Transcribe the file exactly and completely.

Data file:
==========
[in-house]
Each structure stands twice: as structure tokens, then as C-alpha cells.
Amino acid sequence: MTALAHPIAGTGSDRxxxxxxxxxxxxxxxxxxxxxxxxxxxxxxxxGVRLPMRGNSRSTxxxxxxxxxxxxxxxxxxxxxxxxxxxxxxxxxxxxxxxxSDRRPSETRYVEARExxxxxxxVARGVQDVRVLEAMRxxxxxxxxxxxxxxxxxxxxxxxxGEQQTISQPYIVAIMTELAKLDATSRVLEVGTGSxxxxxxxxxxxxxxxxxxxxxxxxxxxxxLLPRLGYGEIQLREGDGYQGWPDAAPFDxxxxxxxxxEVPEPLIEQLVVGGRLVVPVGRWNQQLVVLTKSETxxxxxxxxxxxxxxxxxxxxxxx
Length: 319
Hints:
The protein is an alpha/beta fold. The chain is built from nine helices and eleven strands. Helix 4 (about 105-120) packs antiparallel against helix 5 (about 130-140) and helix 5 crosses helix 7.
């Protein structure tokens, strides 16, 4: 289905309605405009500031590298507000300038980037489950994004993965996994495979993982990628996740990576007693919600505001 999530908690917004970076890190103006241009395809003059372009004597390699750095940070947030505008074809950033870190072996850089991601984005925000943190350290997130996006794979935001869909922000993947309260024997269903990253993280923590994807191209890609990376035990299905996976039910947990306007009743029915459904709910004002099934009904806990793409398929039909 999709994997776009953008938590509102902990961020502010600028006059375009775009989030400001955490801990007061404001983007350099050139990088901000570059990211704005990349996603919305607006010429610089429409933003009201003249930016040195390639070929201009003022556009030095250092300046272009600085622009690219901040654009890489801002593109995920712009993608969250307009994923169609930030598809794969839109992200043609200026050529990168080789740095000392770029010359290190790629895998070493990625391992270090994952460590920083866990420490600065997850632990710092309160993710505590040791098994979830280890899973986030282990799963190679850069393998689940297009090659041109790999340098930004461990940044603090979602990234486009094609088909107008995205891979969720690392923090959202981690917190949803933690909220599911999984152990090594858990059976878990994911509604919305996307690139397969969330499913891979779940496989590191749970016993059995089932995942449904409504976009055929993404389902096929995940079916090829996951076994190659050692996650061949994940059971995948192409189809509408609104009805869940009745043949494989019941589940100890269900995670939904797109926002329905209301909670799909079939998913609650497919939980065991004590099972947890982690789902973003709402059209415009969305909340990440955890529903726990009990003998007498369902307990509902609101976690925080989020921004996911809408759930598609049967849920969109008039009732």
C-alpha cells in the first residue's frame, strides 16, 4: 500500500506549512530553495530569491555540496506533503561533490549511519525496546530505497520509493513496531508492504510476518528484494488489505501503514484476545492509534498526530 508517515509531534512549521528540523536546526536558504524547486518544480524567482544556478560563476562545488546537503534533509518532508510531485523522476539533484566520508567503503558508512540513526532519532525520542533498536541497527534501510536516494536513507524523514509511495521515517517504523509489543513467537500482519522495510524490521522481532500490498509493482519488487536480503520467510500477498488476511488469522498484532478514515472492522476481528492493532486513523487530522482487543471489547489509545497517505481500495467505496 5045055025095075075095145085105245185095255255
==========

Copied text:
[in-house]
Each structure stands twice: as structure tokens, then as C-alpha cells.
Amino acid sequence: MTALAHPIAGTGSDRxxxxxxxxxxxxxxxxxxxxxxxxxxxxxxxxGVRLPMRGNSRSTxxxxxxxxxxxxxxxxxxxxxxxxxxxxxxxxxxxxxxxxSDRRPSETRYVEARExxxxxxxVARGVQDVRVLEAMRxxxxxxxxxxxxxxxxxxxxxxxxGEQQTISQPYIVAIMTELAKLDATSRVLEVGTGSxxxxxxxxxxxxxxxxxxxxxxxxxxxxxLLPRLGYGEIQLREGDGYQGWPDAAPFDxxxxxxxxxEVPEPLIEQLVVGGRLVVPVGRWNQQLVVLTKSETxxxxxxxxxxxxxxxxxxxxxxx
Length: 319
Hints:
The protein is an alpha/beta fold. The chain is built from nine helices and eleven strands. Helix 4 (about 105-120) packs antiparallel against helix 5 (about 130-140) and helix 5 crosses helix 7.
């Protein structure tokens, strides 16, 4: 289905309605405009500031590298507000300038980037489950994004993965996994495979993982990628996740990576007693919600505001 999530908690917004970076890190103006241009395809003059372009004597390699750095940070947030505008074809950033870190072996850089991601984005925000943190350290997130996006794979935001869909922000993947309260024997269903990253993280923590994807191209890609990376035990299905996976039910947990306007009743029915459904709910004002099934009904806990793409398929039909 999709994997776009953008938590509102902990961020502010600028006059375009775009989030400001955490801990007061404001983007350099050139990088901000570059990211704005990349996603919305607006010429610089429409933003009201003249930016040195390639070929201009003022556009030095250092300046272009600085622009690219901040654009890489801002593109995920712009993608969250307009994923169609930030598809794969839109992200043609200026050529990168080789740095000392770029010359290190790629895998070493990625391992270090994952460590920083866990420490600065997850632990710092309160993710505590040791098994979830280890899973986030282990799963190679850069393998689940297009090659041109790999340098930004461990940044603090979602990234486009094609088909107008995205891979969720690392923090959202981690917190949803933690909220599911999984152990090594858990059976878990994911509604919305996307690139397969969330499913891979779940496989590191749970016993059995089932995942449904409504976009055929993404389902096929995940079916090829996951076994190659050692996650061949994940059971995948192409189809509408609104009805869940009745043949494989019941589940100890269900995670939904797109926002329905209301909670799909079939998913609650497919939980065991004590099972947890982690789902973003709402059209415009969305909340990440955890529903726990009990003998007498369902307990509902609101976690925080989020921004996911809408759930598609049967849920969109008039009732």
C-alpha cells in the first residue's frame, strides 16, 4: 500500500506549512530553495530569491555540496506533503561533490549511519525496546530505497520509493513496531508492504510476518528484494488489505501503514484476545492509534498526530 508517515509531534512549521528540523536546526536558504524547486518544480524567482544556478560563476562545488546537503534533509518532508510531485523522476539533484566520508567503503558508512540513526532519532525520542533498536541497527534501510536516494536513507524523514509511495521515517517504523509489543513467537500482519522495510524490521522481532500490498509493482519488487536480503520467510500477498488476511488469522498484532478514515472492522476481528492493532486513523487530522482487543471489547489509545497517505481500495467505496 5045055025095075075095145085105245185095255255